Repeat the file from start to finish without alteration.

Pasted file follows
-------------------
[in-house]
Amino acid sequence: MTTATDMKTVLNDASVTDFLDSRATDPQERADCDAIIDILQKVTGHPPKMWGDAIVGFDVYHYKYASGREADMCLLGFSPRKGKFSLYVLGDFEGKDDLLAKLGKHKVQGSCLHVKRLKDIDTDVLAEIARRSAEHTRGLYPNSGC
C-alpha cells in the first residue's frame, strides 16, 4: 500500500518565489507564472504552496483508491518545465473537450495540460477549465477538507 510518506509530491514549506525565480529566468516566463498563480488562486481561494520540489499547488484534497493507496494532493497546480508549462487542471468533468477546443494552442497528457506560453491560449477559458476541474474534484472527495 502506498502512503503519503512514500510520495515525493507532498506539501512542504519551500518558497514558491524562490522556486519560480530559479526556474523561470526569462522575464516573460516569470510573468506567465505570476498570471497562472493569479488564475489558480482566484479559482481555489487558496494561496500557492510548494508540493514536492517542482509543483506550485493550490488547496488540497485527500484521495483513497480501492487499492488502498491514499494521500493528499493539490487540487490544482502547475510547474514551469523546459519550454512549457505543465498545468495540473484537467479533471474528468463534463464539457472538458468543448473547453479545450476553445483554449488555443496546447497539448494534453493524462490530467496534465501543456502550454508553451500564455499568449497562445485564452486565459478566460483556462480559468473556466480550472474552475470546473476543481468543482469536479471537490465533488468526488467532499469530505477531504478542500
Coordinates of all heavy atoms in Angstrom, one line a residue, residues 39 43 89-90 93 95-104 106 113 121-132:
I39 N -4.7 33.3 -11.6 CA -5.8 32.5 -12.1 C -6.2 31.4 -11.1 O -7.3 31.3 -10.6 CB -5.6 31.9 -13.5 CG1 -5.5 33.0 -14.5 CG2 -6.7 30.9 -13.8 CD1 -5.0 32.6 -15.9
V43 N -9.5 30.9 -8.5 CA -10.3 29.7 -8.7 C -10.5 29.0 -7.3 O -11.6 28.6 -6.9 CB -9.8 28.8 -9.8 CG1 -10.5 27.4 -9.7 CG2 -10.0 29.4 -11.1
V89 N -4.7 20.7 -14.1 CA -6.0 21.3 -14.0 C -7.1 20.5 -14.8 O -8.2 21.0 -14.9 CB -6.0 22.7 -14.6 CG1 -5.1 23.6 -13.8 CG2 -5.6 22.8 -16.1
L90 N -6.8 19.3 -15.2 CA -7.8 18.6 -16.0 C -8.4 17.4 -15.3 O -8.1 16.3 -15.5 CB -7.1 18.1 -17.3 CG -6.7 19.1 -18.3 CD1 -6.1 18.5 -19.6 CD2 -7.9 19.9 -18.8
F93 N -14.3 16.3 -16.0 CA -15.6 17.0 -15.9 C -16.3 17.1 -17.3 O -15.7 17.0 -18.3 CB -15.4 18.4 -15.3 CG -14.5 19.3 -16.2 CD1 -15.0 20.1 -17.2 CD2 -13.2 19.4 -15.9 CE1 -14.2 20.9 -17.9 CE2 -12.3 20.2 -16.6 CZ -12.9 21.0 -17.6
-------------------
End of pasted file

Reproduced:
[in-house]
Amino acid sequence: MTTATDMKTVLNDASVTDFLDSRATDPQERADCDAIIDILQKVTGHPPKMWGDAIVGFDVYHYKYASGREADMCLLGFSPRKGKFSLYVLGDFEGKDDLLAKLGKHKVQGSCLHVKRLKDIDTDVLAEIARRSAEHTRGLYPNSGC
C-alpha cells in the first residue's frame, strides 16, 4: 500500500518565489507564472504552496483508491518545465473537450495540460477549465477538507 510518506509530491514549506525565480529566468516566463498563480488562486481561494520540489499547488484534497493507496494532493497546480508549462487542471468533468477546443494552442497528457506560453491560449477559458476541474474534484472527495 502506498502512503503519503512514500510520495515525493507532498506539501512542504519551500518558497514558491524562490522556486519560480530559479526556474523561470526569462522575464516573460516569470510573468506567465505570476498570471497562472493569479488564475489558480482566484479559482481555489487558496494561496500557492510548494508540493514536492517542482509543483506550485493550490488547496488540497485527500484521495483513497480501492487499492488502498491514499494521500493528499493539490487540487490544482502547475510547474514551469523546459519550454512549457505543465498545468495540473484537467479533471474528468463534463464539457472538458468543448473547453479545450476553445483554449488555443496546447497539448494534453493524462490530467496534465501543456502550454508553451500564455499568449497562445485564452486565459478566460483556462480559468473556466480550472474552475470546473476543481468543482469536479471537490465533488468526488467532499469530505477531504478542500
Coordinates of all heavy atoms in Angstrom, one line a residue, residues 39 43 89-90 93 95-104 106 113 121-132:
I39 N -4.7 33.3 -11.6 CA -5.8 32.5 -12.1 C -6.2 31.4 -11.1 O -7.3 31.3 -10.6 CB -5.6 31.9 -13.5 CG1 -5.5 33.0 -14.5 CG2 -6.7 30.9 -13.8 CD1 -5.0 32.6 -15.9
V43 N -9.5 30.9 -8.5 CA -10.3 29.7 -8.7 C -10.5 29.0 -7.3 O -11.6 28.6 -6.9 CB -9.8 28.8 -9.8 CG1 -10.5 27.4 -9.7 CG2 -10.0 29.4 -11.1
V89 N -4.7 20.7 -14.1 CA -6.0 21.3 -14.0 C -7.1 20.5 -14.8 O -8.2 21.0 -14.9 CB -6.0 22.7 -14.6 CG1 -5.1 23.6 -13.8 CG2 -5.6 22.8 -16.1
L90 N -6.8 19.3 -15.2 CA -7.8 18.6 -16.0 C -8.4 17.4 -15.3 O -8.1 16.3 -15.5 CB -7.1 18.1 -17.3 CG -6.7 19.1 -18.3 CD1 -6.1 18.5 -19.6 CD2 -7.9 19.9 -18.8
F93 N -14.3 16.3 -16.0 CA -15.6 17.0 -15.9 C -16.3 17.1 -17.3 O -15.7 17.0 -18.3 CB -15.4 18.4 -15.3 CG -14.5 19.3 -16.2 CD1 -15.0 20.1 -17.2 CD2 -13.2 19.4 -15.9 CE1 -14.2 20.9 -17.9 CE2 -12.3 20.2 -16.6 CZ -12.9 21.0 -17.6